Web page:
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Thread: Aussie PM dumped by own party

  1. #1
    Mark Stapleton Guest

    Default Aussie PM dumped by own party

    Aussie PM Kevin Rudd will be dumped as leader tomorrow in favor of deputy PM Julia Gillard.

    Rudd's problems with Israel came to the surface recently with his criticism of Israel's identity theft during the Dubai assassination in January and criticism of Israel's recent attack on the Gaza flotilla.

    Gillard has always strongly defended Israel as far as I know.

    Rudd's problems with Israel go back a little further, as this article from the SMH reveals:

    http://www.smh.com.au/news/opinion/r...e#contentSwap1

    Draw your own conclusions, but Rudd's rapid fall from grace wasn't the result of failed emissions trading negotiations, as has been cited. Most Australians don't care about that.

    Criticising the Zionist Power Configuration is political suicide in corrupt western democracies like Australia.

  2. #2

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    Then they will be happy with Gillard, if she is true to form, as she has never said an unkind word.

    Your observations on this are true Mark. He didn't go through with the ETS, which I think is a good thing, but he still wants a carbon tax, also a good thing. No one understood carbon trading except the bankers (Turnbull) who were behind it. As for the mining super profit tax everyone was delighted that the miners were at last going to pay some of their share for a change instead of taking more from PAYE work bots. The mining companies were absolutely NOT going to close shop and move overseas. They have it too good here. But they were desperate not to allow it to go through as it would then set a precedent to other countries with major resources, to do the same and that is what they didn't want under any circumstances. They are trying to make it look as if he is lost and confused. I have watched this orchestrated whispering campaign against Rudd being run the last few months and have yet to see any basis in fact not of their own creation. Not being a Rudd or Labor supporter in any way or shape I would love to find something to hate about the man as a leader but I cannot. I feel he is basically a decent man with fairly honourable intentions who has done reasonably a good job in running a right wing social democratic party within those limitations. Obviously against some one's vested interests though. The right wing 'powerbrokers' behind this are bloody disgusting.
    "I think it would be a good idea." Mahatma Gandhi, when asked what he thought of Western civilization.

    The philosophers have only interpreted the world, in various ways; the point is to change it.
    Karl Marx.

    "Well, he would, wouldn't he?" Mandy Rice-Davies, 1963, replied Ms Rice Davies when the prosecuting counsel pointed out that Lord Astor denied an affair or having even met her.

  3. #3
    Mark Stapleton Guest

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    Yes I think he was OK except that he was a rabid immigrationist--but that's bipartisan now anyway.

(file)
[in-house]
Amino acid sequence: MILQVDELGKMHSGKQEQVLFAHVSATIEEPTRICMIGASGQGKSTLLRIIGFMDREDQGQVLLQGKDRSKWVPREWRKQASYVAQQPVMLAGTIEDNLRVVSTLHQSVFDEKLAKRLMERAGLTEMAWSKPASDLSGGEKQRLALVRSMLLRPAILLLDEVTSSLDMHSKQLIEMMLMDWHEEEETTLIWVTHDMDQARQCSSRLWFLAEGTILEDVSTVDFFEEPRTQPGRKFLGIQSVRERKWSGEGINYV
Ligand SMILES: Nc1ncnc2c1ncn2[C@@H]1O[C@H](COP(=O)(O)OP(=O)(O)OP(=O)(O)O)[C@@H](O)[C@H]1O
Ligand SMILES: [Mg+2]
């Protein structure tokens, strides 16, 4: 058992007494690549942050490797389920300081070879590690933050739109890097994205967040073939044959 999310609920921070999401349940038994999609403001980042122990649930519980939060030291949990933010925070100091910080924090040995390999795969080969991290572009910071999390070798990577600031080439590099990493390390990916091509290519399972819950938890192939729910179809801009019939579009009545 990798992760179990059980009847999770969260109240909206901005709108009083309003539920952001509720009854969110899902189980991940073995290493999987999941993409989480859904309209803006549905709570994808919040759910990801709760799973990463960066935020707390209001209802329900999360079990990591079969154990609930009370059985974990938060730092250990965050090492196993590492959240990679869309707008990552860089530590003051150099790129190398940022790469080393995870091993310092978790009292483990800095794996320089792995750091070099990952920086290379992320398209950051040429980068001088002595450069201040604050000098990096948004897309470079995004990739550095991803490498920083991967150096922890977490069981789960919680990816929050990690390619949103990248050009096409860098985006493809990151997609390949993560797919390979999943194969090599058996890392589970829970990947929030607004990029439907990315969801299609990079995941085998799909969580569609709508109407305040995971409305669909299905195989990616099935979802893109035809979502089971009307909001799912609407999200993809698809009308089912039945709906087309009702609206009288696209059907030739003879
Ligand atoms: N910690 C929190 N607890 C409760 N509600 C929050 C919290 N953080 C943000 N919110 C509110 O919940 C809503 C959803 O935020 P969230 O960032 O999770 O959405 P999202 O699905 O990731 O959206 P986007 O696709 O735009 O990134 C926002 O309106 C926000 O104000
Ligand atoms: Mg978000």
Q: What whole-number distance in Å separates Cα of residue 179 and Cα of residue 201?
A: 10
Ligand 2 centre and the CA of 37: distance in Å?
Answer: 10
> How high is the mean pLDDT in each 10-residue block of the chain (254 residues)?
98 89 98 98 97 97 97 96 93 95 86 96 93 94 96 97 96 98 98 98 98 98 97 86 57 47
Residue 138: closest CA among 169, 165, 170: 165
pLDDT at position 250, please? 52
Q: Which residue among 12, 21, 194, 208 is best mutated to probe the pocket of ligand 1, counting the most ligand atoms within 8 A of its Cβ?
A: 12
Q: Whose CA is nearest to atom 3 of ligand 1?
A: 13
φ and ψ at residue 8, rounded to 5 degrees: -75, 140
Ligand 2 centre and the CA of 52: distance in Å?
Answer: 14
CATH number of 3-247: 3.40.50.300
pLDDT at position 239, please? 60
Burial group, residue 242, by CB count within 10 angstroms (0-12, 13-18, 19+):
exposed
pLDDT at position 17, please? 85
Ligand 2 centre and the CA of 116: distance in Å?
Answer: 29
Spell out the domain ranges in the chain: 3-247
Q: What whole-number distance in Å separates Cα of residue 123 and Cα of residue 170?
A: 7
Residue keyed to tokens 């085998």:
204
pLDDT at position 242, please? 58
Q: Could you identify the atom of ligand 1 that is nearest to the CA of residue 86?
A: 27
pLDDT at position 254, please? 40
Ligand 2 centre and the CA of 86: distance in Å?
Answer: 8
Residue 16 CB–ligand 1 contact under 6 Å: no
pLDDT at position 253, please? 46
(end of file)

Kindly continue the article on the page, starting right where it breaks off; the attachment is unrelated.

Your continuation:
The whole Rudd leadership crisis was manufactured by the mainstream media, imo. They drove him out of town. It shows how much the political class fears the media. It's an Orwellian nightmare.

  4. #4

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    I'm convinced he was booted out over the mining tax. Gillard is already talking about beginning the mining tax negotiations afresh, so we'll have to wait and see the final outcome of that.

    The interesting thing I find is how the media in unison avoids mentioning this most obvious of theories - that he's been turfed out over the mining tax. And ironic (correct me if I'm wrong) that Rudd is from a right faction and Gillard from a left faction.

    I agree with you, Magda, that the precedent it would set in the mining industry world-wide would be most unwelcome.

    (Also, it drives me to distraction that they've cranked up the immigration levels so high in recent years - hundreds of thousands each year - but we're drowned in a sea of scaremongering in the media about "out of control" illegal boat arrivals, totaling under 10,000 per year, many of whom presumably won't be staying permanently. Never mentioning the illegal arrivals who fly in rather than take a crowded leaky boat. I wouldn't be surprised to learn that we co-ordinate with the Indonesians and let them know just how many boats we want them to let through each month ("we" being the people ultimately in control of the governing of Australia, whoever they are), according to the propaganda objectives of the day.)


    P.S. Hi all!
    :itsme:
    Last edited by Peter Dawson; 06-24-2010 at 06:49 AM.

  5. #5
    Mark Stapleton Guest

    Default

    Quote Originally Posted by Peter Dawson View Post
    The interesting thing I find is how the media in unison avoids mentioning this most obvious of theories - that he's been turfed out over the mining tax.
    The media isn't avoiding mentioning the proposed mining tax as the reason for Rudd's downfall. On the contrary, they've been talking about it ad nauseum.

    That isn't what got him knifed. The mining tax wasn't unpopular with the people--it was unpopular with mining magnates and wealthy stockholders. John Howard's proposed GST in 1998 was much more unpopular than the proposed mining tax, and he didn't get punted.

    No, there's a much less visible reason for his removal--see post #1.